While the average for Penn Staters is not that high, it is increasing. Most recently, in July 2014, the average BAC was .264. Five years ago, during the 2009-2010 school year, the average was .250.
"Alcohol shuts down your body's responses," says Dr. Kaitlin Speer, an emergency room pharmacist at Mount Nittany Medical Center. "It's going to slow your heart rate, slow your breathing."
The consistently high levels concern doctors.
"These consistent insults on your brain kills brain cells," says Dr. Speer. "It never comes back."
Servers at local bars say their patrons are consuming more alcohol.
"This fall, it's more - you get more drunkenness," says Madison Salvetti, a server at downtown State College bar.
Salvetti has been working in the restaurant industry since she was in high school. She says she feels the bars in State College have more patrons getting turned away for being too drunk.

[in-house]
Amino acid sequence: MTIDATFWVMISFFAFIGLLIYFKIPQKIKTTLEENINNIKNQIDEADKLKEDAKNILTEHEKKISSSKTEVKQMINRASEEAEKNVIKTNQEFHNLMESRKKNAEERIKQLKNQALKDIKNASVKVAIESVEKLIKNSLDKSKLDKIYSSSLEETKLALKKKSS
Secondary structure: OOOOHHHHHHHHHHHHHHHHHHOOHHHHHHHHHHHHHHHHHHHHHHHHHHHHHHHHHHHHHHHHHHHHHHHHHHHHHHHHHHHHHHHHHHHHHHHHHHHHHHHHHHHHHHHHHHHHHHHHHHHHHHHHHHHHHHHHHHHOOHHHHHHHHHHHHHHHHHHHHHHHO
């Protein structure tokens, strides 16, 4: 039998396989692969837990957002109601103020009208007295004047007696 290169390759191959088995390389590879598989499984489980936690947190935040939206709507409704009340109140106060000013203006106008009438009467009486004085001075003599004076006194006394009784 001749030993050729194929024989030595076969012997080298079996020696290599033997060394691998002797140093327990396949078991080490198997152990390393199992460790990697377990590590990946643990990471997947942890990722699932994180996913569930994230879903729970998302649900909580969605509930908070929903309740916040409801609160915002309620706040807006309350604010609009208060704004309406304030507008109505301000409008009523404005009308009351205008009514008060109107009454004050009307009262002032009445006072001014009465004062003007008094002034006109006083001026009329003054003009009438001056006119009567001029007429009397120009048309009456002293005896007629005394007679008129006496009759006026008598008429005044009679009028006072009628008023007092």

"The bouncers are really good about if you're too drunk, not even letting you in," says Salvetti. "That has definitely helped a lot."
While servers, like Salvetti, thinks that is helpful, doctors say not even getting to that point is key to staying healthy.
"We see a lot of people enjoying themselves but to the point of that it becomes dangerous and they have to come in here," says Dr. Speer. "It's just enjoying responsibly."
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